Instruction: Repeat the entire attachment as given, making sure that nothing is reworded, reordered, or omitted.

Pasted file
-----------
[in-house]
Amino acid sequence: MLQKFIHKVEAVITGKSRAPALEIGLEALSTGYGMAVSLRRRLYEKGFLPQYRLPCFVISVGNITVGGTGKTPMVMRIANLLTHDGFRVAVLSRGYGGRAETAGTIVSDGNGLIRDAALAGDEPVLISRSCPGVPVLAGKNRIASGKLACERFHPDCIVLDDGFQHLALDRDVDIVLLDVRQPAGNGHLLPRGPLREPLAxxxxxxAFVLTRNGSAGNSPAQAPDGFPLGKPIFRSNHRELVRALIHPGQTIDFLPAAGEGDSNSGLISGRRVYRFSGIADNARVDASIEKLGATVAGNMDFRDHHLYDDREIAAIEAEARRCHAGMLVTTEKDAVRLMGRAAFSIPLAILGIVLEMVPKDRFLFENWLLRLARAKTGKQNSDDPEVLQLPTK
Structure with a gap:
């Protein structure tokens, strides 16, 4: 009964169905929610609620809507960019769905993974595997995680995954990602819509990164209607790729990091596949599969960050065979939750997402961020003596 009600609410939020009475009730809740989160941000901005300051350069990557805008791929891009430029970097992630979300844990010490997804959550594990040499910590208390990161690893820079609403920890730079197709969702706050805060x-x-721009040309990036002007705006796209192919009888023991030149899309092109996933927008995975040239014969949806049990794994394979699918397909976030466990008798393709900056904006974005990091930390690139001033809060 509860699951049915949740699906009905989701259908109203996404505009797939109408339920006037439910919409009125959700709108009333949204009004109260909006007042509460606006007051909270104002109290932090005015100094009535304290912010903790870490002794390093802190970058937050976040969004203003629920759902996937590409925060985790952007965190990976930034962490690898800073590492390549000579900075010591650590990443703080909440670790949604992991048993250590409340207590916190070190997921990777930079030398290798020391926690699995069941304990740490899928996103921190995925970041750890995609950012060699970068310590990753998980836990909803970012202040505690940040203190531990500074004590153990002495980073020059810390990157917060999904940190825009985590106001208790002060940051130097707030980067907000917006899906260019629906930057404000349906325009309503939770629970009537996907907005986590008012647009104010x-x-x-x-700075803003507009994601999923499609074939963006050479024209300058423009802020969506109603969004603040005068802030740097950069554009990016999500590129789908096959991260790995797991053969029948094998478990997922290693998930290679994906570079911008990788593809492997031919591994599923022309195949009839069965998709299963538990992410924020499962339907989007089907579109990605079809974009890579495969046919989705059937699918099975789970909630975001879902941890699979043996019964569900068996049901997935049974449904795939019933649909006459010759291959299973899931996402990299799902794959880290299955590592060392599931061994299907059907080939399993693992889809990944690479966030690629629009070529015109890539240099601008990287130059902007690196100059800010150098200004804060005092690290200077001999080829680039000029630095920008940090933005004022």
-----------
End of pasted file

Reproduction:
[in-house]
Amino acid sequence: MLQKFIHKVEAVITGKSRAPALEIGLEALSTGYGMAVSLRRRLYEKGFLPQYRLPCFVISVGNITVGGTGKTPMVMRIANLLTHDGFRVAVLSRGYGGRAETAGTIVSDGNGLIRDAALAGDEPVLISRSCPGVPVLAGKNRIASGKLACERFHPDCIVLDDGFQHLALDRDVDIVLLDVRQPAGNGHLLPRGPLREPLAxxxxxxAFVLTRNGSAGNSPAQAPDGFPLGKPIFRSNHRELVRALIHPGQTIDFLPAAGEGDSNSGLISGRRVYRFSGIADNARVDASIEKLGATVAGNMDFRDHHLYDDREIAAIEAEARRCHAGMLVTTEKDAVRLMGRAAFSIPLAILGIVLEMVPKDRFLFENWLLRLARAKTGKQNSDDPEVLQLPTK
Structure with a gap:
């Protein structure tokens, strides 16, 4: 009964169905929610609620809507960019769905993974595997995680995954990602819509990164209607790729990091596949599969960050065979939750997402961020003596 009600609410939020009475009730809740989160941000901005300051350069990557805008791929891009430029970097992630979300844990010490997804959550594990040499910590208390990161690893820079609403920890730079197709969702706050805060x-x-721009040309990036002007705006796209192919009888023991030149899309092109996933927008995975040239014969949806049990794994394979699918397909976030466990008798393709900056904006974005990091930390690139001033809060 509860699951049915949740699906009905989701259908109203996404505009797939109408339920006037439910919409009125959700709108009333949204009004109260909006007042509460606006007051909270104002109290932090005015100094009535304290912010903790870490002794390093802190970058937050976040969004203003629920759902996937590409925060985790952007965190990976930034962490690898800073590492390549000579900075010591650590990443703080909440670790949604992991048993250590409340207590916190070190997921990777930079030398290798020391926690699995069941304990740490899928996103921190995925970041750890995609950012060699970068310590990753998980836990909803970012202040505690940040203190531990500074004590153990002495980073020059810390990157917060999904940190825009985590106001208790002060940051130097707030980067907000917006899906260019629906930057404000349906325009309503939770629970009537996907907005986590008012647009104010x-x-x-x-700075803003507009994601999923499609074939963006050479024209300058423009802020969506109603969004603040005068802030740097950069554009990016999500590129789908096959991260790995797991053969029948094998478990997922290693998930290679994906570079911008990788593809492997031919591994599923022309195949009839069965998709299963538990992410924020499962339907989007089907579109990605079809974009890579495969046919989705059937699918099975789970909630975001879902941890699979043996019964569900068996049901997935049974449904795939019933649909006459010759291959299973899931996402990299799902794959880290299955590592060392599931061994299907059907080939399993693992889809990944690479966030690629629009070529015109890539240099601008990287130059902007690196100059800010150098200004804060005092690290200077001999080829680039000029630095920008940090933005004022």